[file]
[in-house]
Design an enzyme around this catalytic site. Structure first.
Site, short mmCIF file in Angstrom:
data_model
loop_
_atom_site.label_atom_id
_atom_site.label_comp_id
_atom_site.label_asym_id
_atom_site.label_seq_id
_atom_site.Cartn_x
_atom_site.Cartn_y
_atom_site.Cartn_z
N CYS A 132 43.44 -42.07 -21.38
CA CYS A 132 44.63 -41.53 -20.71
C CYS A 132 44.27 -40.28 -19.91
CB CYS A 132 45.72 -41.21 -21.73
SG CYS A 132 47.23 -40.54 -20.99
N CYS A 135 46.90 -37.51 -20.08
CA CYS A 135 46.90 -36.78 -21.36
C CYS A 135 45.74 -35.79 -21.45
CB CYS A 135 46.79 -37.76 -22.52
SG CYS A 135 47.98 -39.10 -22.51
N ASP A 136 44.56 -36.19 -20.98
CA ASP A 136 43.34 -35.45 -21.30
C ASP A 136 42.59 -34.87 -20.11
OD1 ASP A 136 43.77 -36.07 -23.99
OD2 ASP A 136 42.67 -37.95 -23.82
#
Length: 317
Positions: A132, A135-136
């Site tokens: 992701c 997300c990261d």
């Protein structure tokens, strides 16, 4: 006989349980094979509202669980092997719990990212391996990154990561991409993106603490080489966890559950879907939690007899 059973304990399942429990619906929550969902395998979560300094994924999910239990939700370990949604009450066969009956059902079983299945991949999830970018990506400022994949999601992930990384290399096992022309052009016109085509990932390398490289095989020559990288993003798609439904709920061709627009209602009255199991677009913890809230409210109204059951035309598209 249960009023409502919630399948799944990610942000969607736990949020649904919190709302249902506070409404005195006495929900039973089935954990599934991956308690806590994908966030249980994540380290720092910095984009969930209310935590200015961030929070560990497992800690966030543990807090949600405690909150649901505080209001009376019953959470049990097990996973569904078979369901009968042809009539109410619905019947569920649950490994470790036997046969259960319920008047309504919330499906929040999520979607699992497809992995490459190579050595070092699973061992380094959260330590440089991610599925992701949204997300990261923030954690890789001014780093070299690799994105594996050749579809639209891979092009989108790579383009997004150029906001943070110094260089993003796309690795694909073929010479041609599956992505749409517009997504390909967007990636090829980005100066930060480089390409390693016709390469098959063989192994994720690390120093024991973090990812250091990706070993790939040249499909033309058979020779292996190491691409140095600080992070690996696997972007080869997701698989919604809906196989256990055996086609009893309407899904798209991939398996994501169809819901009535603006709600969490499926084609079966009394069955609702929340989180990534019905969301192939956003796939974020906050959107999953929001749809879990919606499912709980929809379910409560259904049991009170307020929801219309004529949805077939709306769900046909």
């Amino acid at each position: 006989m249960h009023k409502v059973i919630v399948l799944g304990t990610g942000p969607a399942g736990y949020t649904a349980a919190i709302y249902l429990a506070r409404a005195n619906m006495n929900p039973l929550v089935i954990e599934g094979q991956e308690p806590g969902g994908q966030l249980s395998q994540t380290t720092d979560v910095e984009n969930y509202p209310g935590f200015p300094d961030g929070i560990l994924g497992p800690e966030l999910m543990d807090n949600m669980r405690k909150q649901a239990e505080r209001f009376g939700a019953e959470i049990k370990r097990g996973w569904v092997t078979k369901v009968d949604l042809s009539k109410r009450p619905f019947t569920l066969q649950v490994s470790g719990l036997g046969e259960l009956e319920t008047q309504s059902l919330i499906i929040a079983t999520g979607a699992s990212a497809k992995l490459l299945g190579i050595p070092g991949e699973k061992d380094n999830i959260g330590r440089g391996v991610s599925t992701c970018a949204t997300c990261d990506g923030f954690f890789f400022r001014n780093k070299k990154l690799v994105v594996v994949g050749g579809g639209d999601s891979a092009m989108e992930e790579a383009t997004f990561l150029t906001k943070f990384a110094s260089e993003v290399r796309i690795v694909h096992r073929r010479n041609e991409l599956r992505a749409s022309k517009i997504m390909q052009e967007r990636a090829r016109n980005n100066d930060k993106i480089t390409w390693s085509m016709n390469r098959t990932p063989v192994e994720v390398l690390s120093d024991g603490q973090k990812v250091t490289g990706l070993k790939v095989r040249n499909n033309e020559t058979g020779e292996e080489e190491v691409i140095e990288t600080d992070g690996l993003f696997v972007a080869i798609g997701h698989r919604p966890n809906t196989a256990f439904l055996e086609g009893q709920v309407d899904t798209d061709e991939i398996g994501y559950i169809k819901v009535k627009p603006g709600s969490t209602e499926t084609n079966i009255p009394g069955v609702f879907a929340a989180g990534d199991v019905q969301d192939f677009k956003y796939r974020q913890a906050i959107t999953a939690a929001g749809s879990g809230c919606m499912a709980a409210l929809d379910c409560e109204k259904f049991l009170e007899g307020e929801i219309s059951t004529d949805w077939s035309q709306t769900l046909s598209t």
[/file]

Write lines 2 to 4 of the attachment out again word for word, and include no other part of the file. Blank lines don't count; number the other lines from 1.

Design an enzyme around this catalytic site. Structure first.
Site, short mmCIF file in Angstrom:
data_model